Leptin can be used as a drug if the resistance to this hormone is reduced in the brain. This will help to cure the obesity. Considering the fact obesity is the main leading cause for development of type 2 diabetes, treatment of obesity will also lead to treatment of the most of diabetic patients and will also have a major impact in prevention.
We have recently demonstrated that increased endoplasmic reticulum stress plays a crucial role in development of leptin resistance in obesity and when agents that have ability to reduce ER stress is administered with leptin, it regains its ability to suppress the appetite and act as an anti-obesity agent.
Our project is aims to discover the molecular mechanisms of ER stress-induced leptin resistance. Success of our project will lead to identification of drug targets that will ultimately help us to develop new agents to block the effects of ER stress on leptin action. Our project may have a big impact on prevention of diabetes and other obesity-associated metabolic diseases.
Why is it important for you, personally, to become involved in diabetes research? What role will this award play in your research efforts?
I am a medical doctor who has devoted his career to obesity and type 2 diabetes research. Obesity is the most serious health problem in the world in the 21st century. It creates debilitating conditions such as type 2 diabetes, cardiovascular diseases, neurological problems and also associated with several cancers. During my medical school education, I have come across to lots of patients who were under the age of ten, but who were obese and had insulin resistance and type 2 diabetes.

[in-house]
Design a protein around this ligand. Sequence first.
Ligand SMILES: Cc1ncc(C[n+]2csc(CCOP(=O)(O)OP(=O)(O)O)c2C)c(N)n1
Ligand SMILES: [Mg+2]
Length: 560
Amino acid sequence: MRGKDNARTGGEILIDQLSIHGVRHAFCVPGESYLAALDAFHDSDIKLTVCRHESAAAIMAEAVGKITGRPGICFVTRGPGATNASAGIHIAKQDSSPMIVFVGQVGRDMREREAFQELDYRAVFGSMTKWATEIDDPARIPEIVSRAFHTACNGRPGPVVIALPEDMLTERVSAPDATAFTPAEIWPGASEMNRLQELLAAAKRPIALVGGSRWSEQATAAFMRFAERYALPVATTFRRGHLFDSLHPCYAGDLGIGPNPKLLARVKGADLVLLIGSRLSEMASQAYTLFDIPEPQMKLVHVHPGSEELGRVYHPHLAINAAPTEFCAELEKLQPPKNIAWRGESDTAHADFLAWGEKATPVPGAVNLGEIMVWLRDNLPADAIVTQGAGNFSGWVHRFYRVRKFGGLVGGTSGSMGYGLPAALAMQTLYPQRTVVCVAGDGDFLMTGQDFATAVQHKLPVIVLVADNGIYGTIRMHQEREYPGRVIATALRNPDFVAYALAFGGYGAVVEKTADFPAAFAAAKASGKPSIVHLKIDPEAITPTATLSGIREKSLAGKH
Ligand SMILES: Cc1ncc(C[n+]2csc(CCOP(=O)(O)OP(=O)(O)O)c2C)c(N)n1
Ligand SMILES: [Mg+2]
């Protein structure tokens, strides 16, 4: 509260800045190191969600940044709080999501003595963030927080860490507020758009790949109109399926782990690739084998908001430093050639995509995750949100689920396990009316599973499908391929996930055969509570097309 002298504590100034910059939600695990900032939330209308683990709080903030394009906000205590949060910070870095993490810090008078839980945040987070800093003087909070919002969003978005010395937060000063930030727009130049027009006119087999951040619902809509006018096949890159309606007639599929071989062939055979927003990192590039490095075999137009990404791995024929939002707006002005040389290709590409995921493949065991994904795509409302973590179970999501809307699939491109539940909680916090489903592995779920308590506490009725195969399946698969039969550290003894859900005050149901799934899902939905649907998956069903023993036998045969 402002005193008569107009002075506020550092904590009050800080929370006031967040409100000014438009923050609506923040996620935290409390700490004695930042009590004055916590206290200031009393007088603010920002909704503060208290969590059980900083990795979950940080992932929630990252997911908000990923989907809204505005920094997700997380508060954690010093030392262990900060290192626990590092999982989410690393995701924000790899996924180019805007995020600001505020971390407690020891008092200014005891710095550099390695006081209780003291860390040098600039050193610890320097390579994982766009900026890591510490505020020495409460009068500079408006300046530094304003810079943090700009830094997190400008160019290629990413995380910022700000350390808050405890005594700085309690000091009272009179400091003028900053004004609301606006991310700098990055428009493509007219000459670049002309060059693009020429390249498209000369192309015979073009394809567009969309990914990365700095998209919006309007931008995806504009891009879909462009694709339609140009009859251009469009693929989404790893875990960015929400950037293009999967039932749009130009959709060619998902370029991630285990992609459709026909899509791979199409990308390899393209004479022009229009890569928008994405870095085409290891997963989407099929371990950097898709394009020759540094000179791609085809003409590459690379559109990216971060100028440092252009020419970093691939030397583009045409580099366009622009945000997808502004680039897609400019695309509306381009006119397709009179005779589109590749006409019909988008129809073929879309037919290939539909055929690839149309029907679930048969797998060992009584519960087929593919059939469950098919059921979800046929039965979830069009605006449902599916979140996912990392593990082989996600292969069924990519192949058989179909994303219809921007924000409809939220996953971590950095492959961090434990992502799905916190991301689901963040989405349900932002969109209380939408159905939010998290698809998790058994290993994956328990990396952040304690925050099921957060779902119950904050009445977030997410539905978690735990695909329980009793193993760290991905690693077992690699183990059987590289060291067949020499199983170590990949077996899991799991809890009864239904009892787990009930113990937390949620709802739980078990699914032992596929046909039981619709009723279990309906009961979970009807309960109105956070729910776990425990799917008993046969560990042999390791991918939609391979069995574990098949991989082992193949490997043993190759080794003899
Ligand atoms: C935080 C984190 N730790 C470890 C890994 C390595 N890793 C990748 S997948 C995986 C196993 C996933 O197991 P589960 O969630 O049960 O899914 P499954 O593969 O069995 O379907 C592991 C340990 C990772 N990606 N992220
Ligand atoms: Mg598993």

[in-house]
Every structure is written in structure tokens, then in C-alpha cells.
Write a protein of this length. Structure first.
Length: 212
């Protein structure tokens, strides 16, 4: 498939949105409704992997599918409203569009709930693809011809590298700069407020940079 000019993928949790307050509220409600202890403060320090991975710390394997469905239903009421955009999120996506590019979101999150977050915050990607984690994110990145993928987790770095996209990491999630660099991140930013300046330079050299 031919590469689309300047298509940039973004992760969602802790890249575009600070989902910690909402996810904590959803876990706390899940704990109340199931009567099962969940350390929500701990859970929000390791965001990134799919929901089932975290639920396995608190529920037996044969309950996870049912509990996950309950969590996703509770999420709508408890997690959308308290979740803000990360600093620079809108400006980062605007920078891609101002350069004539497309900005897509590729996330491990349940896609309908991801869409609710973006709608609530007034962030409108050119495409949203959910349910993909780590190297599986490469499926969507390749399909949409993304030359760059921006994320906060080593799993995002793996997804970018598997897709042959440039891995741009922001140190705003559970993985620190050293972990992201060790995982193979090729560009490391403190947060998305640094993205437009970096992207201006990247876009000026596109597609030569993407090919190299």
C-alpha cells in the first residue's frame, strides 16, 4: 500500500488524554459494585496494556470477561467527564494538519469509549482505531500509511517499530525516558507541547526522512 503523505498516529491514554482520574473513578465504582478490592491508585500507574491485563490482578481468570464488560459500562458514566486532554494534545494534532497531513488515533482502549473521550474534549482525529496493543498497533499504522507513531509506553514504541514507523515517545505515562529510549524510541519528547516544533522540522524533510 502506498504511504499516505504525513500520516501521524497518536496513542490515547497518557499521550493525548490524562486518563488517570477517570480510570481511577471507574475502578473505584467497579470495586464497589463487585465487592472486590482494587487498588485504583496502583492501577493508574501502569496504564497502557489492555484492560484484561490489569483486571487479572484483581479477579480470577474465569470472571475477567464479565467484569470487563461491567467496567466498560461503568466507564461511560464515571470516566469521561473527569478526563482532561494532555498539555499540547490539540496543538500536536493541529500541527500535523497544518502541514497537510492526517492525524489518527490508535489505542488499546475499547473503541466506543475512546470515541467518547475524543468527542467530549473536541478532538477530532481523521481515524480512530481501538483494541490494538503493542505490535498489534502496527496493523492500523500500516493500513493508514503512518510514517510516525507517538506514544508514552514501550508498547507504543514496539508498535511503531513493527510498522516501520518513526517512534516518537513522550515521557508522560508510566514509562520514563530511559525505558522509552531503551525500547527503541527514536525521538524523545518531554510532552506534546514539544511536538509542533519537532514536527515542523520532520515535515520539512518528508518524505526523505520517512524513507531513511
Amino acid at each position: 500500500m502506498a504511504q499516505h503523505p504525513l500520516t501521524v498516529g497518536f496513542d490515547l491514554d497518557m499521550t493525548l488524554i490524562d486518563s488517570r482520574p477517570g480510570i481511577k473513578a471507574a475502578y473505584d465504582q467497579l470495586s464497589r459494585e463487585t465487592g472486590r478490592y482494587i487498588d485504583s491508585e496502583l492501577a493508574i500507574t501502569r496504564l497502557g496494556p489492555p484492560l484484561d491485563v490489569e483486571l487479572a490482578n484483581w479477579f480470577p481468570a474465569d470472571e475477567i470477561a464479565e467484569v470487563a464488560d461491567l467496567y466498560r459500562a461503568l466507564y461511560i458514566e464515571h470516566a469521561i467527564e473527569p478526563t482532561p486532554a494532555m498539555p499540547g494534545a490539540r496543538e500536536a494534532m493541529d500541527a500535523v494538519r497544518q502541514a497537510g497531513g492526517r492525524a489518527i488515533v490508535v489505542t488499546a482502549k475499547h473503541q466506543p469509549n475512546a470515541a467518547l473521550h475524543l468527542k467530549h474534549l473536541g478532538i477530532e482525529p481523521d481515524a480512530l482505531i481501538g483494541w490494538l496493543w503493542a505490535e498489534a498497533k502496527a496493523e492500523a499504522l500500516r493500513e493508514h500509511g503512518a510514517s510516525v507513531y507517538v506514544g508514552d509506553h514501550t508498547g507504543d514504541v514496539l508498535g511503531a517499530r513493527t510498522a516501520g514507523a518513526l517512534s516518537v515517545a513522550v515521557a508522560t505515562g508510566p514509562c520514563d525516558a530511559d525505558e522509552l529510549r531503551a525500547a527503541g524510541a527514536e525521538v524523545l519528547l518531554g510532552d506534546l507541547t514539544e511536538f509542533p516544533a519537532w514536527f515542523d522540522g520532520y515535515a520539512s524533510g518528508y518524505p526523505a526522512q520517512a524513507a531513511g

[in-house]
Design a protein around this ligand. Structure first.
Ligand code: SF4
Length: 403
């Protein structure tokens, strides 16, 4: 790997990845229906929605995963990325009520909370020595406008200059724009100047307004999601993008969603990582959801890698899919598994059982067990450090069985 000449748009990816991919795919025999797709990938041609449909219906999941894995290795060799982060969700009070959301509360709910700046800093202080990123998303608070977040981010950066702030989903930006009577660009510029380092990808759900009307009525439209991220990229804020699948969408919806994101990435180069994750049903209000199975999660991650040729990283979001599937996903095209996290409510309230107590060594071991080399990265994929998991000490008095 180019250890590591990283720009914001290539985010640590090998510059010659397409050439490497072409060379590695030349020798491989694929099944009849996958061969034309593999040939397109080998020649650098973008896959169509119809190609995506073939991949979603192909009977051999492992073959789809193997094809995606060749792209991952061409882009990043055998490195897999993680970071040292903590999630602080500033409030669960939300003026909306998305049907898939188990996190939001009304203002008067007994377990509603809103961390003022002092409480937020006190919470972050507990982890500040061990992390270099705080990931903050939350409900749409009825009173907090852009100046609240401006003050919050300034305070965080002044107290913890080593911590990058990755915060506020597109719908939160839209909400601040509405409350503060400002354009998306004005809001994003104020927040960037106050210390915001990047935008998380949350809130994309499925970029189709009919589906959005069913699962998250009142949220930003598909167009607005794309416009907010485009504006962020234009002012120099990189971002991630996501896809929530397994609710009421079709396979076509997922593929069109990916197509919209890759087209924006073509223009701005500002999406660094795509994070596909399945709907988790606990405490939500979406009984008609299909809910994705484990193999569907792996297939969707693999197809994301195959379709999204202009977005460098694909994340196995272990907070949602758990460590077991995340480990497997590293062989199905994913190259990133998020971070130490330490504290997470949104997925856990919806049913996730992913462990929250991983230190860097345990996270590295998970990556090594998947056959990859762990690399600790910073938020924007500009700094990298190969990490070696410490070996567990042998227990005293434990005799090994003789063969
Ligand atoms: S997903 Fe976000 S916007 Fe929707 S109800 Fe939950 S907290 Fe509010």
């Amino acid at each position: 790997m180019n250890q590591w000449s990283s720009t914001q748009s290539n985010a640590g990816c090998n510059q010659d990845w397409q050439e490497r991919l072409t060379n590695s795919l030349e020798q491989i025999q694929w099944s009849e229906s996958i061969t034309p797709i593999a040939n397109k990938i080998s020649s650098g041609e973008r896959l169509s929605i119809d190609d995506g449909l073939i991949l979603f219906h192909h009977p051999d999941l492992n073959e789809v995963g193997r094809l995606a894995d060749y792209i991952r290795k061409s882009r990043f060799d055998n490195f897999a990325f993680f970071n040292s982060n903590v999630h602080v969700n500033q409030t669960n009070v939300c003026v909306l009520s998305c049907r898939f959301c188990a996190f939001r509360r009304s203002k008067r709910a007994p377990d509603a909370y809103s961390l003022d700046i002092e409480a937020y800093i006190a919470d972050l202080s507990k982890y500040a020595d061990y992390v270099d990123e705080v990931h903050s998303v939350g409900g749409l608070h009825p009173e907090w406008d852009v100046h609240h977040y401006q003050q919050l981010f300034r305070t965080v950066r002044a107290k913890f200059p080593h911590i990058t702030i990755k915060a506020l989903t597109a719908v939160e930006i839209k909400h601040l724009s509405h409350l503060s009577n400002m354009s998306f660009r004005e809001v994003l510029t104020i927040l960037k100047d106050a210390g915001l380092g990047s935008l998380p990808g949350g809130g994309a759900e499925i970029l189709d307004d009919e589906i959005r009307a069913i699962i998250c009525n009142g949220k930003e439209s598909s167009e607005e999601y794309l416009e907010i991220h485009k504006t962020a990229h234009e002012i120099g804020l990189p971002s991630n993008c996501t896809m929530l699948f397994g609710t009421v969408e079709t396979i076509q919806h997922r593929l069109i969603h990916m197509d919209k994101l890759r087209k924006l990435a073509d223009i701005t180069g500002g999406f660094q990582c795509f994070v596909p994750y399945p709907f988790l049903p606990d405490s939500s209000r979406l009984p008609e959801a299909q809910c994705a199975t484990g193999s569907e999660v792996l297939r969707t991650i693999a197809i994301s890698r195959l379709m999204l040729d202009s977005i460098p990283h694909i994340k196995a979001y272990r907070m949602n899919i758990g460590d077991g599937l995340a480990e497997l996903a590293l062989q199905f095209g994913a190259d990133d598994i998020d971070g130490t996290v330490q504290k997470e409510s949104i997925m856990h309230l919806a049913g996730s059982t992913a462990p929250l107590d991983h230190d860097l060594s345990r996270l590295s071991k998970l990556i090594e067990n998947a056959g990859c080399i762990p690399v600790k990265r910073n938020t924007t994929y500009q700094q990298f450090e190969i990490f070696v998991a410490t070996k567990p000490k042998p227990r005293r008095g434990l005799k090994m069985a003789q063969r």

For the first time in the US recent history, the expected life span has decreased due to a severe increase in the incidence of obesity and associated diseases such as type 2 diabetes. One of the biggest motivations for my self to be involved in obesity and diabetes research was to see that diabetes and obesity are not anymore adult diseases but they are seriously affecting the children. When I thought about the health problems that the current pediatric population will have due to obesity and diabetes at their very early ages, I decided to be a part of the effort that is spent to find a cure for these diseases and dedicated my career to diabetes research.
In what direction do you see the future of diabetes research going?
In the last decade there has been important advances in understanding of the diabetes. Now, we have better knowledge regarding the mechanism and reasons for development of diabetes. However, we still need to learn the detailed molecular mechanisms of this debilitating disease to find a cure. This can only come from the research efforts. I am optimistic and I strongly believe that we are close for a cure. In next two decades probably highly efficient therapies will be developed and the mechanisms for development of diabetes will be mostly solved.